Mali adopts Government Action Plan

APA - Bamako (Mali)

Mali's National Transitional Council (CNT), on Monday, adopted the main reference for public policies.

Moctar Ouane is following his roadmap. The Prime Minister, after presenting the document to the National Transitional Council last Friday, on February 22, exchanged with the members of this legislative body.

At the end of the debates, the Government Action Plan (PAG) was approved by 100 votes in favor, 4 against and 3 abstentions. In the process, the head of the government “thanked the members of the CNT for their strong support for the document through this final vote.”

According to the Prime Minister’s Office, the adopted text comprises six points broken down into 23 objectives, backed by 275 actions to be evaluated through 291 indicators. The objective, according to Mr. Ouane, is that “Mali is recovering and continues its march forward.”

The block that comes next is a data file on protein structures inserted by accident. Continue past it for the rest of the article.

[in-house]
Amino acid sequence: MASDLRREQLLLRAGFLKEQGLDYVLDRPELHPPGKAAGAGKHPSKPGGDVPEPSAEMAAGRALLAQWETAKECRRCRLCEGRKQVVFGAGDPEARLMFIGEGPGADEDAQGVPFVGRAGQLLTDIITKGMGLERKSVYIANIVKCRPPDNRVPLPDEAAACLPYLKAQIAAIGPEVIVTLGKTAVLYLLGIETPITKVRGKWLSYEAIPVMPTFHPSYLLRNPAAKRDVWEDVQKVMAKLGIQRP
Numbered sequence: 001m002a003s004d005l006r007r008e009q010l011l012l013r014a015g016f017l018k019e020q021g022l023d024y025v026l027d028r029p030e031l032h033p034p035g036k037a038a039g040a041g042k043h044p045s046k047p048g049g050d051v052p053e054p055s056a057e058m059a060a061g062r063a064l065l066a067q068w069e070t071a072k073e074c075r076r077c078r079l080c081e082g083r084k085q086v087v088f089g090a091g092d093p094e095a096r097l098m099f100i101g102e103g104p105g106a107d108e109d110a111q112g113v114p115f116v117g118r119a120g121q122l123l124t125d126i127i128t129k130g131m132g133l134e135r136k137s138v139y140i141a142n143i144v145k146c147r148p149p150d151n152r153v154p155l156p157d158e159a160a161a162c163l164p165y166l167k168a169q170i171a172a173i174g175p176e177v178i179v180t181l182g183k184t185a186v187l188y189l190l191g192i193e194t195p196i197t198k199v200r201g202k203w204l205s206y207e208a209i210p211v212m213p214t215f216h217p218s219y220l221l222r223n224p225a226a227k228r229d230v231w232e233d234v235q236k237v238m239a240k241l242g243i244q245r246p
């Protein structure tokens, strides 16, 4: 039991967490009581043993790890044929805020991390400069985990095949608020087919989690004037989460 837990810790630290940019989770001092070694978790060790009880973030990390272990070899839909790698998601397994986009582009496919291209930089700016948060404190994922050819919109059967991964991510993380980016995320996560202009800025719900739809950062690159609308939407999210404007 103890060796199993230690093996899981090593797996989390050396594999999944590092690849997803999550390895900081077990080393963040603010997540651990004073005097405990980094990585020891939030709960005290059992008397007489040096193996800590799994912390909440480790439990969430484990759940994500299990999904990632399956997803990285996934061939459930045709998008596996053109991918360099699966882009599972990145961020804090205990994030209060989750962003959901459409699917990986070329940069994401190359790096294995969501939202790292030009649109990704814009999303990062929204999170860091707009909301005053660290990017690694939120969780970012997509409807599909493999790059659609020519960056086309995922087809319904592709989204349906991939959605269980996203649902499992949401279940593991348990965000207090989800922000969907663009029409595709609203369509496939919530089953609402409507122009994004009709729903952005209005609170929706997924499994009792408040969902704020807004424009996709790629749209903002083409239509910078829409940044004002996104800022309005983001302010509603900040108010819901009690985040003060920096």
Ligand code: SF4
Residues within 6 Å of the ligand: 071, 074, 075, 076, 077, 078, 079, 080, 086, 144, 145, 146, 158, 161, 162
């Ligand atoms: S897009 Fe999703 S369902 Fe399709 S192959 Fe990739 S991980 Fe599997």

The priorities of the government team include obviously the security issue. To this end, the former Minister of Foreign Affairs declared that “all the regions of the North and the Center are concerned by the process of Disarmament-Demobilization-Reintegration. No region will be left out.”

Moctar Ouane indicated that the government authorities were working “for the dissolution of all militias, which will be done in a progressive and pragmatic way.”

Speaking on the means to be deployed for a return to peace, the PM indicated that “the 2021 finance law takes into account the roadmap of the Transition, from which the Government’s Action Plan derives. Thus an amount of 310 billion 920 million CFA francs is planned for our defense tool.”

Besides, the Prime Minister recalled that “political and institutional reforms, which are a strong demand of the Malian people, will be carried out in close collaboration with political parties and groups, and civil society organizations.”

Finally, the former diplomatic adviser to the West African Economic and Monetary Union (UEMOA) specified that “the duration of the transition is set at 18 months and President Bah N'Daw has clearly expressed his desire to abide by these deadlines.”


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